Another wonderful source of support for Ben is Miriam, who is nonbinary and has a popular YouTube channel. From Bahrain, Miriam is Shi’a Muslim and immigrated to the US. Now in California (Ben is in North Carolina), the two connected online and have a strong bond. Miriam says they are Ben’s “enby mama” and helps to guide Ben through this time in their life. Miriam’s role as a mentor, friend, confidant, and example of a nonbinary person happy and successful is so important for Ben.

Could I use the word “important” more in this review? I’ll try.

The not easy to read parts include Ben constantly being misgendered. Remember, they are not out to anyone beyond their family, Miriam, and their therapist. An unknowing Nathan refers to Ben as he/him, boy, Mr, prince, and dude. These all hurt Ben, but they are not yet ready to come out. Ben’s parents are really just so awful, even when they allegedly try to make some amends. As a parent of an almost-teen myself, they are what most infuriated me and ate away at me while I read. I cannot imagine not accepting anything to do with my child’s identity. Of course, I know plenty of young people who have been exactly where Ben is—they come out and are kicked out. Thank goodness for Hannah and Thomas. Thank goodness for all the love, support, and kindness that surrounds Ben. This is such a shining example of the family that can form around you and hold you up when the people who SHOULD always be there for you refuse to. Shall I tell you that it’s an IMPORTANT message? Because it is.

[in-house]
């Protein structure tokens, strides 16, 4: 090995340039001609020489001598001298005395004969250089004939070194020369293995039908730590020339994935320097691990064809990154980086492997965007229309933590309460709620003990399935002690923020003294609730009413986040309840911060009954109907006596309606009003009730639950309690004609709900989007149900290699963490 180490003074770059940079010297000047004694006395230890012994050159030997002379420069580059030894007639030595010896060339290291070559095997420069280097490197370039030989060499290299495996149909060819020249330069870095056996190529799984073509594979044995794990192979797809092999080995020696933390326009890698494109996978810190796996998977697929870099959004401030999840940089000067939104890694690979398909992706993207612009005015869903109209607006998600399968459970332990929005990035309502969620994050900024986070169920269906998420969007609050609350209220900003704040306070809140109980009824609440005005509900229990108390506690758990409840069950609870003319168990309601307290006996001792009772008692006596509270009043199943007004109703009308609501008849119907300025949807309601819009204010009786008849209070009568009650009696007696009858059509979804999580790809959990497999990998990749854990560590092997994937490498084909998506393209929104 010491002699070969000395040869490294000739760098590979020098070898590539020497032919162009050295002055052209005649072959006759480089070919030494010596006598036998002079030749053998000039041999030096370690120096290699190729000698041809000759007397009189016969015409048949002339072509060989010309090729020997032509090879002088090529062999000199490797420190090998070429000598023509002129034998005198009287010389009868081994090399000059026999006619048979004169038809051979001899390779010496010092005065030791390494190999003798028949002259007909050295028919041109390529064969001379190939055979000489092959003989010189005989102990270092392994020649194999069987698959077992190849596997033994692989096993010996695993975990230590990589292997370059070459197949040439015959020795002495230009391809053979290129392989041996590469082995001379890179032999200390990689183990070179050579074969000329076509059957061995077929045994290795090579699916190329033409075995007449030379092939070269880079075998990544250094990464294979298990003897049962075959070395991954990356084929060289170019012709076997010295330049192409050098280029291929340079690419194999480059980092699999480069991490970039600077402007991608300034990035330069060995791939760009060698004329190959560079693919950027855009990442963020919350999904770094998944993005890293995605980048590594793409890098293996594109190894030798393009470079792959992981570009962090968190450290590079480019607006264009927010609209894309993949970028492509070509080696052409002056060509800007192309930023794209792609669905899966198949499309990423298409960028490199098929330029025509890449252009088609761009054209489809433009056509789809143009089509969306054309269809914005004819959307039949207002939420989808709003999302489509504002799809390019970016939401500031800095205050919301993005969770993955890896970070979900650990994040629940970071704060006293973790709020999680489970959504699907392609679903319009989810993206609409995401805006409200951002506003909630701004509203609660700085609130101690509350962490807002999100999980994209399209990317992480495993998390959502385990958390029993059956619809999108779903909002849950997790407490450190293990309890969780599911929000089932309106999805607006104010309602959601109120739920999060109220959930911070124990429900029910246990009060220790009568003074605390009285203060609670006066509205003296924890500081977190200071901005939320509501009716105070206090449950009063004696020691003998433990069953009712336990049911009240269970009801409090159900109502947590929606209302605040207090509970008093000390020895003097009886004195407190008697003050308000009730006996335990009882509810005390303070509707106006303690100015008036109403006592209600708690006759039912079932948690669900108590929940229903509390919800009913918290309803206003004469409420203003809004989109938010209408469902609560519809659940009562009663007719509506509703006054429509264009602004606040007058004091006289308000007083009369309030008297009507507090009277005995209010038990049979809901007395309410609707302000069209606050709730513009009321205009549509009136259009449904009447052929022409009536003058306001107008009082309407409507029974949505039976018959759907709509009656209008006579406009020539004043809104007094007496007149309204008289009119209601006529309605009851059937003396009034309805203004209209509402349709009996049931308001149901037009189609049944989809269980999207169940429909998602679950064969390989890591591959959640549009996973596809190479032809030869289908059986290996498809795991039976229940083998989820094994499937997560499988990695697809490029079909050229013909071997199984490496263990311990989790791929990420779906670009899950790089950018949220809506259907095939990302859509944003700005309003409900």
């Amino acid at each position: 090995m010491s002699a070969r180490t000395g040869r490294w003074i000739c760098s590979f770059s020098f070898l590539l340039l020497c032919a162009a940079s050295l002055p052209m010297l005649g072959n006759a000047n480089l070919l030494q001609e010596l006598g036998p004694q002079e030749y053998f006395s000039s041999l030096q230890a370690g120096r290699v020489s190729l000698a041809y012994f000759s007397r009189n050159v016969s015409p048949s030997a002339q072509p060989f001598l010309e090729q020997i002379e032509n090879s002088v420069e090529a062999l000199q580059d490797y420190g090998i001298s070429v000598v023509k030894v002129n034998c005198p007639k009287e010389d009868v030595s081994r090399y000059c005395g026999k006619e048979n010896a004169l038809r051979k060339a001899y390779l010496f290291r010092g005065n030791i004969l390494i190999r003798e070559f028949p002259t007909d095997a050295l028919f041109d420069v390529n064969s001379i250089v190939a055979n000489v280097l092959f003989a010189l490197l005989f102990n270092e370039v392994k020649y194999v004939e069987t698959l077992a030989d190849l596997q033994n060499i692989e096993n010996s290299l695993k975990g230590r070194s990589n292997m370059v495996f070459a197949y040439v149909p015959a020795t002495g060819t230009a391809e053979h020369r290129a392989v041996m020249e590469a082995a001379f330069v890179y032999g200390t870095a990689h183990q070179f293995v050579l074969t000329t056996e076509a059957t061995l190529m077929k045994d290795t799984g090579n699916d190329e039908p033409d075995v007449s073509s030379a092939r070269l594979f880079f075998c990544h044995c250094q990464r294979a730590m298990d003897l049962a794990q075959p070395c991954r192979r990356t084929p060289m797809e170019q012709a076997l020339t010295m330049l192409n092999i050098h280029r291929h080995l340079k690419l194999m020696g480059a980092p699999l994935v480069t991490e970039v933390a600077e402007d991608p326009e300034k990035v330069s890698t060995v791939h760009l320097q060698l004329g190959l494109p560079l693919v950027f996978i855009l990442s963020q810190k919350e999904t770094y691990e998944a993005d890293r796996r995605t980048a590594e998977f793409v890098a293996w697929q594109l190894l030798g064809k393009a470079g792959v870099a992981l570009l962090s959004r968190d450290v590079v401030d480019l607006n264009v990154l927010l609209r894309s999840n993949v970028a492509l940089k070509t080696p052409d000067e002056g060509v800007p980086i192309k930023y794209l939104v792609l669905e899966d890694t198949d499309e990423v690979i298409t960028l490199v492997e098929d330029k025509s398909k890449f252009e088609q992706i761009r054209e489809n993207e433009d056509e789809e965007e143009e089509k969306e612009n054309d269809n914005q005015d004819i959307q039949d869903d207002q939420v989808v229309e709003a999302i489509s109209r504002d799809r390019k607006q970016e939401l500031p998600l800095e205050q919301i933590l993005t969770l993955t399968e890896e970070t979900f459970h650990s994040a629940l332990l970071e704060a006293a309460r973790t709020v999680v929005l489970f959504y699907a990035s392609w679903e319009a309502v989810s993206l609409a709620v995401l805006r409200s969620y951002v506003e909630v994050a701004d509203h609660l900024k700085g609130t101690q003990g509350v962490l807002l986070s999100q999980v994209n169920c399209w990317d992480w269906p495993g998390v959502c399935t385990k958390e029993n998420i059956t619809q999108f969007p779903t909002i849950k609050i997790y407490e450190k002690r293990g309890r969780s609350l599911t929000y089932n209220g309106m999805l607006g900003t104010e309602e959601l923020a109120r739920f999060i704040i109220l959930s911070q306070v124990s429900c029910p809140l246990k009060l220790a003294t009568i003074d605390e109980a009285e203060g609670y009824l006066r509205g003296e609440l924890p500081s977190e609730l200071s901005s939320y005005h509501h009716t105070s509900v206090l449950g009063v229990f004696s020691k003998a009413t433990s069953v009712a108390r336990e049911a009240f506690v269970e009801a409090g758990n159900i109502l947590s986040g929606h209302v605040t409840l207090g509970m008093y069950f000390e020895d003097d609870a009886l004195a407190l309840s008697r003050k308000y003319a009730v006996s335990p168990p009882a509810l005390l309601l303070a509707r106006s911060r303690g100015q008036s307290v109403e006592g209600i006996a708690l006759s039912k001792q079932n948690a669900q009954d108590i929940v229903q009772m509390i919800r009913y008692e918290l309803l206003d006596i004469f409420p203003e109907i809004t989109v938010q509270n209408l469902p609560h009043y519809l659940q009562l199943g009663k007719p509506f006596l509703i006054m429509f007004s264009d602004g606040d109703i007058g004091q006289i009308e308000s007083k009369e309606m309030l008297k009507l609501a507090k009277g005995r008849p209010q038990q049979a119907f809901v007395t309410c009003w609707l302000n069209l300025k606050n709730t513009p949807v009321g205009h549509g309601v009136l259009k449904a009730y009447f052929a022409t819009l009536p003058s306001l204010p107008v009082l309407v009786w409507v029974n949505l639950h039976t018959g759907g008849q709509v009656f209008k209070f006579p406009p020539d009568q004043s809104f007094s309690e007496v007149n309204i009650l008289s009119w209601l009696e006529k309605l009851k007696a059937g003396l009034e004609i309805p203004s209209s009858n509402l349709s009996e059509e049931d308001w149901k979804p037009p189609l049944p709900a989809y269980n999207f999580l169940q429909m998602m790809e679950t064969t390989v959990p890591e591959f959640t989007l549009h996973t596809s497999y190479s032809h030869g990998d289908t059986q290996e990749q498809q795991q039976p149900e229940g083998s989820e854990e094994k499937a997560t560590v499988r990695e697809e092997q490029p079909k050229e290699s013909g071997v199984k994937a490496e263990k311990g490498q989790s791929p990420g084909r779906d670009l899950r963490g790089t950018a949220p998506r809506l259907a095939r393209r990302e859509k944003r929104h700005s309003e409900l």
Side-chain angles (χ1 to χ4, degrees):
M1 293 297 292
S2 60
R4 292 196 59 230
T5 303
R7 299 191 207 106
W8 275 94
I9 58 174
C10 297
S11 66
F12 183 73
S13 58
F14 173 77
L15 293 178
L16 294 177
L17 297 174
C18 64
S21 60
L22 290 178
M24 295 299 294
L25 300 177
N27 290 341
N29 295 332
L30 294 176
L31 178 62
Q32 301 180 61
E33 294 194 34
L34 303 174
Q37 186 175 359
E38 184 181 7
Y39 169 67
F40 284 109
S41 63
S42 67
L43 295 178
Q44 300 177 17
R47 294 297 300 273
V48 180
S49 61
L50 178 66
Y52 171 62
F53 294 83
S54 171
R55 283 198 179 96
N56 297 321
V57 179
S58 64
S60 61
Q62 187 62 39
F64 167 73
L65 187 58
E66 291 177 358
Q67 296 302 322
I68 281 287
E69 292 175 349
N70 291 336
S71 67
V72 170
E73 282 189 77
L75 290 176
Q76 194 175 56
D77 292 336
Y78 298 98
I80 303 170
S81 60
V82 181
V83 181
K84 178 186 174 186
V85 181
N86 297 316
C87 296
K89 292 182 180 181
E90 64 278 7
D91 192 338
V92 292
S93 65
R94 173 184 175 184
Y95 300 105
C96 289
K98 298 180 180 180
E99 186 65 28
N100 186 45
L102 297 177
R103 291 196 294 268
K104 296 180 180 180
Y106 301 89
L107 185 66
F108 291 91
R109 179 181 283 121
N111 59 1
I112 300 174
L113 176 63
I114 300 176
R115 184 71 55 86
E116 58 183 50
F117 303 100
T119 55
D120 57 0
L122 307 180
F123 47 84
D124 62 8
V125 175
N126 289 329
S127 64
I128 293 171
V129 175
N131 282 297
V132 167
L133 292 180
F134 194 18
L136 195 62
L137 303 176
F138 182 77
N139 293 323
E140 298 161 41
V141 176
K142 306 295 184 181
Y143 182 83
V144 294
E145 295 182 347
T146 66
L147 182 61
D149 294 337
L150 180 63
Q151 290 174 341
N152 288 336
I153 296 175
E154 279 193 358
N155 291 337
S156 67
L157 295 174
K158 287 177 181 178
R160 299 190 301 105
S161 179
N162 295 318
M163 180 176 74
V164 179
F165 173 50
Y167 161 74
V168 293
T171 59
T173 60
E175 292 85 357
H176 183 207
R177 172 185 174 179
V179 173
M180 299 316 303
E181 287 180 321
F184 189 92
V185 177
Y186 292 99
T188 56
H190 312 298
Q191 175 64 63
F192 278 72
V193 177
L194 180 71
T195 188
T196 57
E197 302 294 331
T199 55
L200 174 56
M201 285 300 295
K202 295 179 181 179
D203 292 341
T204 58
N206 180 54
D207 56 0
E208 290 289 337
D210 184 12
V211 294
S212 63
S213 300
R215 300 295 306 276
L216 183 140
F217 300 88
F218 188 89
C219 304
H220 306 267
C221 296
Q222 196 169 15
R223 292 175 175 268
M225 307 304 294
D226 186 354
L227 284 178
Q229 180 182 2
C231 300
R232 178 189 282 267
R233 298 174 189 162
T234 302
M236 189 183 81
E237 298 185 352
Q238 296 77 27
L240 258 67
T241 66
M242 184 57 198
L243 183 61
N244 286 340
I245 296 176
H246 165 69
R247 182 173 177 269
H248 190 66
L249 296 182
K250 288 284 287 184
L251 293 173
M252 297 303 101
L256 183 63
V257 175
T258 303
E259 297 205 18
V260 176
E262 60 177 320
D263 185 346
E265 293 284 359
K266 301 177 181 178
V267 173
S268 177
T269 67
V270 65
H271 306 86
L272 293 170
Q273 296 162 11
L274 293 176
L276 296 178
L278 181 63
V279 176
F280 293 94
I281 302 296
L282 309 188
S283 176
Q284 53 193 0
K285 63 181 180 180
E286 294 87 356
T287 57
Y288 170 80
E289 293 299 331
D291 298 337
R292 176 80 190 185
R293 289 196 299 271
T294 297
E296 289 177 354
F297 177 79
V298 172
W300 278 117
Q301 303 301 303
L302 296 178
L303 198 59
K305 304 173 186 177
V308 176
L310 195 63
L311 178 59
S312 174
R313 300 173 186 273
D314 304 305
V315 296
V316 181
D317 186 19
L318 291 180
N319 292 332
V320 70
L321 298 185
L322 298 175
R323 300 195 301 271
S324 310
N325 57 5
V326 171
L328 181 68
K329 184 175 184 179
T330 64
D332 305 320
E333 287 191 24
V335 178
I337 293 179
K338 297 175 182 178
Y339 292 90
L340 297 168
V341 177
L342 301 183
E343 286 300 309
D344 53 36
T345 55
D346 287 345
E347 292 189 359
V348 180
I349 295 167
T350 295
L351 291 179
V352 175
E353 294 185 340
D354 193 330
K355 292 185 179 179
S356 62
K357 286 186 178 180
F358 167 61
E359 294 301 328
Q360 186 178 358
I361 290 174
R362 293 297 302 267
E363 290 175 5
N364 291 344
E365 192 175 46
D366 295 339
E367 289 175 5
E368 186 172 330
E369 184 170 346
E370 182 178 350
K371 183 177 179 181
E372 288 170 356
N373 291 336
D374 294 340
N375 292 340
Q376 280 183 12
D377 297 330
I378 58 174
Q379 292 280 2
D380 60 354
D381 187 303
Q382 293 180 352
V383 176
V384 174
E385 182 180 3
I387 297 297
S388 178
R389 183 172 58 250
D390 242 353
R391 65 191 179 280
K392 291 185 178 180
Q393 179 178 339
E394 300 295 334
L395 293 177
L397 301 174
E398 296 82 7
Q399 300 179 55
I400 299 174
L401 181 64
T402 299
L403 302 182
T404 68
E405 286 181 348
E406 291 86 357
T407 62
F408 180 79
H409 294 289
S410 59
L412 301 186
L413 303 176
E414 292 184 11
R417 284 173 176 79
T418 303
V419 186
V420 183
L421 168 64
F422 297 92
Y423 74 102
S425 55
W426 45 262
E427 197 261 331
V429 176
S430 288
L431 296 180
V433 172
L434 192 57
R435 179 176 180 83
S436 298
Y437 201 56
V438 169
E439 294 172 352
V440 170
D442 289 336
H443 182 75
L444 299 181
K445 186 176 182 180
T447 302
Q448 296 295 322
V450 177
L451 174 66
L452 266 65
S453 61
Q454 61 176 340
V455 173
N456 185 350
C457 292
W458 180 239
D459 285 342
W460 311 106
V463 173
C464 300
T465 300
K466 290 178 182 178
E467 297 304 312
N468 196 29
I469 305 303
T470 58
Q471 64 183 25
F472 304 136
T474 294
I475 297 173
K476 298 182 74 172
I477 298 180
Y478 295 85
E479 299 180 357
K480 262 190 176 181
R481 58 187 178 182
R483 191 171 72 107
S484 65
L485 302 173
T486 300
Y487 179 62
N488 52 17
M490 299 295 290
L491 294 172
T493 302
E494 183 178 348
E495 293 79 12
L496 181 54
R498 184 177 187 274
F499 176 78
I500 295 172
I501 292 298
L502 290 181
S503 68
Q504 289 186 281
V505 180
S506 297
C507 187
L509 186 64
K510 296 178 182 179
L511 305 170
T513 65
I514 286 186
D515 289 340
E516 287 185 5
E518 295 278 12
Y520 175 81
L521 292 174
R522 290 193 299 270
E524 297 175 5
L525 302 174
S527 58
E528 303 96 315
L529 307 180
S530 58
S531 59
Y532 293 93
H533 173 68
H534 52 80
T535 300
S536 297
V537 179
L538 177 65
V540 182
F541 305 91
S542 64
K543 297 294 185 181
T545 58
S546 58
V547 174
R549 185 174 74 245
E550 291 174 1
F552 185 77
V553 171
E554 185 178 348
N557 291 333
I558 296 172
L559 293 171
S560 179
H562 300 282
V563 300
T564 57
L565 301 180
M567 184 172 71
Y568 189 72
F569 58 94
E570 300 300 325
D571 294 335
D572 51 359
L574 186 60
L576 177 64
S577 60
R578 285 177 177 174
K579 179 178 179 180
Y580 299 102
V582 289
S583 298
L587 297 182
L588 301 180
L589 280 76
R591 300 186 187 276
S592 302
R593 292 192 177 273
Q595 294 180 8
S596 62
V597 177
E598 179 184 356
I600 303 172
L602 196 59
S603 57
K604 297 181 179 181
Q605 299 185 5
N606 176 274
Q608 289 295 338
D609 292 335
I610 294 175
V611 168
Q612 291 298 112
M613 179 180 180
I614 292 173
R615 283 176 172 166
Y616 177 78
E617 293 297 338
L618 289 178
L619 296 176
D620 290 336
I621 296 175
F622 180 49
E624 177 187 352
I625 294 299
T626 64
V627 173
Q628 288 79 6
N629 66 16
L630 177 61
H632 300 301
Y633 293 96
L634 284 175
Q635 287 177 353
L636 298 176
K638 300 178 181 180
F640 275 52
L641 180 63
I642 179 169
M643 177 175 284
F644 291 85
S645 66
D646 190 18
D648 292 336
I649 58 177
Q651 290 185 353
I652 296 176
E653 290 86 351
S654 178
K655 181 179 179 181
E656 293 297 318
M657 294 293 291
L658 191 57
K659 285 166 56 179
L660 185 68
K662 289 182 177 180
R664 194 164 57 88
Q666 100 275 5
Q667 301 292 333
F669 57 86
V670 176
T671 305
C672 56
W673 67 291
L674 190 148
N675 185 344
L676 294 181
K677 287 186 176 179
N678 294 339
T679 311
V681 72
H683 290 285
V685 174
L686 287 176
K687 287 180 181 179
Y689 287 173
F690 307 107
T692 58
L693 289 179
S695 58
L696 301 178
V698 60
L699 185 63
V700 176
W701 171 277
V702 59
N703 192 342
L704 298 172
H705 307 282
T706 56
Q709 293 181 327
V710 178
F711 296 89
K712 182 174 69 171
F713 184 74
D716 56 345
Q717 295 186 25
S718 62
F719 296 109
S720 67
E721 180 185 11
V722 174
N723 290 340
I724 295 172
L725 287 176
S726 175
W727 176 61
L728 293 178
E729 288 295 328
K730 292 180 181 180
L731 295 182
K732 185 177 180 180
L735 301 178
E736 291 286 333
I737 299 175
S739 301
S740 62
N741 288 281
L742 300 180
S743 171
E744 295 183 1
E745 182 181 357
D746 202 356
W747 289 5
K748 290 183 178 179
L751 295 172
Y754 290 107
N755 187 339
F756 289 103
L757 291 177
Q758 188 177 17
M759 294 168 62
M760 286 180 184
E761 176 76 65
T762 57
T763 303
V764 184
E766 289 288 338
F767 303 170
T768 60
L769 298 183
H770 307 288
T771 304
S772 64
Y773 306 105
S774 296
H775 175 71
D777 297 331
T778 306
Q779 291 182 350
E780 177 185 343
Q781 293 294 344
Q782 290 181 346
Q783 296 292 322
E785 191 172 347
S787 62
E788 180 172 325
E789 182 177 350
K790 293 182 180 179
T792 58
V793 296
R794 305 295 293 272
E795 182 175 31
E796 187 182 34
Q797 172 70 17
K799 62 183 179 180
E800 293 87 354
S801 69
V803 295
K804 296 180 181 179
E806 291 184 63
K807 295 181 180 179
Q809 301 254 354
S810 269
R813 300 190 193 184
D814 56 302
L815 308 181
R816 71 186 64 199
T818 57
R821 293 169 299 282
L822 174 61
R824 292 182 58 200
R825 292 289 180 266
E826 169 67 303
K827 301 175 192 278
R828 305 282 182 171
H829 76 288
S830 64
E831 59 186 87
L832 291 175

This heartfelt story will empower readers. Ben’s journey is not always easy, but it is full of love, affirmation, and eventual happiness. And have I mentioned that all of this is so important? I can’t say that word enough (though you may argue otherwise at this point). This story, this representation, this example is so needed. Get this on your shelves and into readers’ hands.